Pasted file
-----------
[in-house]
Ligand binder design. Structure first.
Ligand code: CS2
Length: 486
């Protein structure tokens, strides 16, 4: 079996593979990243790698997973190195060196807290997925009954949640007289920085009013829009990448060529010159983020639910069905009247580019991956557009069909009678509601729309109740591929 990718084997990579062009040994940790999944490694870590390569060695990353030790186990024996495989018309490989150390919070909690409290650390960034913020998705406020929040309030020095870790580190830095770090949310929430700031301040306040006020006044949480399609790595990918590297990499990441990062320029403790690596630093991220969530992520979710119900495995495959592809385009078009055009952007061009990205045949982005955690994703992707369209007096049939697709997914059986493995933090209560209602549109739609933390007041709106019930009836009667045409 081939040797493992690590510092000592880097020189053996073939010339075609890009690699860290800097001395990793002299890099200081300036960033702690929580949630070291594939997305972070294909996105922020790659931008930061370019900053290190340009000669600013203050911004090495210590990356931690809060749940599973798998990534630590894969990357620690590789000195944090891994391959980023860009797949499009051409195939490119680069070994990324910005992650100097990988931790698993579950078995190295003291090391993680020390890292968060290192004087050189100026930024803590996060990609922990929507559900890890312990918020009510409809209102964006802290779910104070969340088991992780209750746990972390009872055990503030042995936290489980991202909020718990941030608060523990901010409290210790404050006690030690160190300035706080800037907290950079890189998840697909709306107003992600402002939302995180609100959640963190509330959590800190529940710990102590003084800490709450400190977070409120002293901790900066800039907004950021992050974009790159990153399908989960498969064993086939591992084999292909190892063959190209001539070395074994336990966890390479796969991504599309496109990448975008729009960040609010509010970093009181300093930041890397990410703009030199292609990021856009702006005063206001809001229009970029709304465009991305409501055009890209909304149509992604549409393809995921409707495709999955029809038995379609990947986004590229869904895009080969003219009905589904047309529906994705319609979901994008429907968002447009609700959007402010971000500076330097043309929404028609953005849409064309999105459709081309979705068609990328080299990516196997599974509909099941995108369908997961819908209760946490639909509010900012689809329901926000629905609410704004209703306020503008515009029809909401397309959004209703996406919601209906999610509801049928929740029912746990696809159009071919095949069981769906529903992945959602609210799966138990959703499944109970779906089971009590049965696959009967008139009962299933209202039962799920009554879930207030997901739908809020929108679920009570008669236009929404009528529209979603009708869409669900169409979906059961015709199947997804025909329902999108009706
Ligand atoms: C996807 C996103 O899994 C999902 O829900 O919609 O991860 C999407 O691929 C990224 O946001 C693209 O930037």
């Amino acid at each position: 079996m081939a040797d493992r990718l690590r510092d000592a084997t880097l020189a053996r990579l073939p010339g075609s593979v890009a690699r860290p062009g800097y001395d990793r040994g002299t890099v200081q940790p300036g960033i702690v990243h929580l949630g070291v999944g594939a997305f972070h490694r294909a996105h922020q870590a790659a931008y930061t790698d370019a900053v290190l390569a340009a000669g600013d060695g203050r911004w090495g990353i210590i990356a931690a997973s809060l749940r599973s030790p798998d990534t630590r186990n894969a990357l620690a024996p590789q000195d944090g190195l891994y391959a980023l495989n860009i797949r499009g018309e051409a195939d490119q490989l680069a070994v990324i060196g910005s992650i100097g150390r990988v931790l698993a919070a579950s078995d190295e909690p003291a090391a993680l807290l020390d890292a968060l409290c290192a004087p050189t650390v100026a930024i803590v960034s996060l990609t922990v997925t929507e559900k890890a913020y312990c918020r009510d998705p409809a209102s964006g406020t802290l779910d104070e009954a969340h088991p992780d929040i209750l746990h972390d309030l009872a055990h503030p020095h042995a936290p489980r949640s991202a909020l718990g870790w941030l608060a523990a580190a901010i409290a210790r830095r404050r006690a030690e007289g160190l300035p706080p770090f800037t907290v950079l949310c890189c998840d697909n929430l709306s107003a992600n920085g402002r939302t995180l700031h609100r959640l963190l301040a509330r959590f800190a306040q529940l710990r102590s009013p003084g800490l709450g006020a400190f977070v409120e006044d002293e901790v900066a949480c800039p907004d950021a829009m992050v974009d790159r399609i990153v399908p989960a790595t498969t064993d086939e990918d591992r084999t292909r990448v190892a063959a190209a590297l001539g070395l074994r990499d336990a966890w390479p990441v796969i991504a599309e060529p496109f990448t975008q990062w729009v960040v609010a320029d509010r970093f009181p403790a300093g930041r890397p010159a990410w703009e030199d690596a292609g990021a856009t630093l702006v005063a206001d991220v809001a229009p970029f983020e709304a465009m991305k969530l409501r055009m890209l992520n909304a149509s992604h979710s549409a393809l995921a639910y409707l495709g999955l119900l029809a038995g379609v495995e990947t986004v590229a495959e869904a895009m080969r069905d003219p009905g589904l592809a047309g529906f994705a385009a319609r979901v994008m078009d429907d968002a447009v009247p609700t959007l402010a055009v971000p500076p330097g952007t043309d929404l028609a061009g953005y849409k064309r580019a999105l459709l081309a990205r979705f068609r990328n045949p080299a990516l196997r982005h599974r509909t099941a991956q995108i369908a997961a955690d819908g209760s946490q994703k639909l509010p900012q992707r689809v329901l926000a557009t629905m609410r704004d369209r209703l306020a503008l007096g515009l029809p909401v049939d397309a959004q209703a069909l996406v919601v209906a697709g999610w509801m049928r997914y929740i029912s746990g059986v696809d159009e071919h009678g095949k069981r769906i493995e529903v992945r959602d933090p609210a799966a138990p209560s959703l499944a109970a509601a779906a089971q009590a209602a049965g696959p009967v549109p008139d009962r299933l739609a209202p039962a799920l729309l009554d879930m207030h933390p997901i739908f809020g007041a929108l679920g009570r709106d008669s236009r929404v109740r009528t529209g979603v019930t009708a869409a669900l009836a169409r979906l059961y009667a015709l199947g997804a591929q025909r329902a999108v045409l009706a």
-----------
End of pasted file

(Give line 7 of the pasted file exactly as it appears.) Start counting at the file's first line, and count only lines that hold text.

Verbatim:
């Amino acid at each position: 079996m081939a040797d493992r990718l690590r510092d000592a084997t880097l020189a053996r990579l073939p010339g075609s593979v890009a690699r860290p062009g800097y001395d990793r040994g002299t890099v200081q940790p300036g960033i702690v990243h929580l949630g070291v999944g594939a997305f972070h490694r294909a996105h922020q870590a790659a931008y930061t790698d370019a900053v290190l390569a340009a000669g600013d060695g203050r911004w090495g990353i210590i990356a931690a997973s809060l749940r599973s030790p798998d990534t630590r186990n894969a990357l620690a024996p590789q000195d944090g190195l891994y391959a980023l495989n860009i797949r499009g018309e051409a195939d490119q490989l680069a070994v990324i060196g910005s992650i100097g150390r990988v931790l698993a919070a579950s078995d190295e909690p003291a090391a993680l807290l020390d890292a968060l409290c290192a004087p050189t650390v100026a930024i803590v960034s996060l990609t922990v997925t929507e559900k890890a913020y312990c918020r009510d998705p409809a209102s964006g406020t802290l779910d104070e009954a969340h088991p992780d929040i209750l746990h972390d309030l009872a055990h503030p020095h042995a936290p489980r949640s991202a909020l718990g870790w941030l608060a523990a580190a901010i409290a210790r830095r404050r006690a030690e007289g160190l300035p706080p770090f800037t907290v950079l949310c890189c998840d697909n929430l709306s107003a992600n920085g402002r939302t995180l700031h609100r959640l963190l301040a509330r959590f800190a306040q529940l710990r102590s009013p003084g800490l709450g006020a400190f977070v409120e006044d002293e901790v900066a949480c800039p907004d950021a829009m992050v974009d790159r399609i990153v399908p989960a790595t498969t064993d086939e990918d591992r084999t292909r990448v190892a063959a190209a590297l001539g070395l074994r990499d336990a966890w390479p990441v796969i991504a599309e060529p496109f990448t975008q990062w729009v960040v609010a320029d509010r970093f009181p403790a300093g930041r890397p010159a990410w703009e030199d690596a292609g990021a856009t630093l702006v005063a206001d991220v809001a229009p970029f983020e709304a465009m991305k969530l409501r055009m890209l992520n909304a149509s992604h979710s549409a393809l995921a639910y409707l495709g999955l119900l029809a038995g379609v495995e990947t986004v590229a495959e869904a895009m080969r069905d003219p009905g589904l592809a047309g529906f994705a385009a319609r979901v994008m078009d429907d968002a447009v009247p609700t959007l402010a055009v971000p500076p330097g952007t043309d929404l028609a061009g953005y849409k064309r580019a999105l459709l081309a990205r979705f068609r990328n045949p080299a990516l196997r982005h599974r509909t099941a991956q995108i369908a997961a955690d819908g209760s946490q994703k639909l509010p900012q992707r689809v329901l926000a557009t629905m609410r704004d369209r209703l306020a503008l007096g515009l029809p909401v049939d397309a959004q209703a069909l996406v919601v209906a697709g999610w509801m049928r997914y929740i029912s746990g059986v696809d159009e071919h009678g095949k069981r769906i493995e529903v992945r959602d933090p609210a799966a138990p209560s959703l499944a109970a509601a779906a089971q009590a209602a049965g696959p009967v549109p008139d009962r299933l739609a209202p039962a799920l729309l009554d879930m207030h933390p997901i739908f809020g007041a929108l679920g009570r709106d008669s236009r929404v109740r009528t529209g979603v019930t009708a869409a669900l009836a169409r979906l059961y009667a015709l199947g997804a591929q025909r329902a999108v045409l009706a």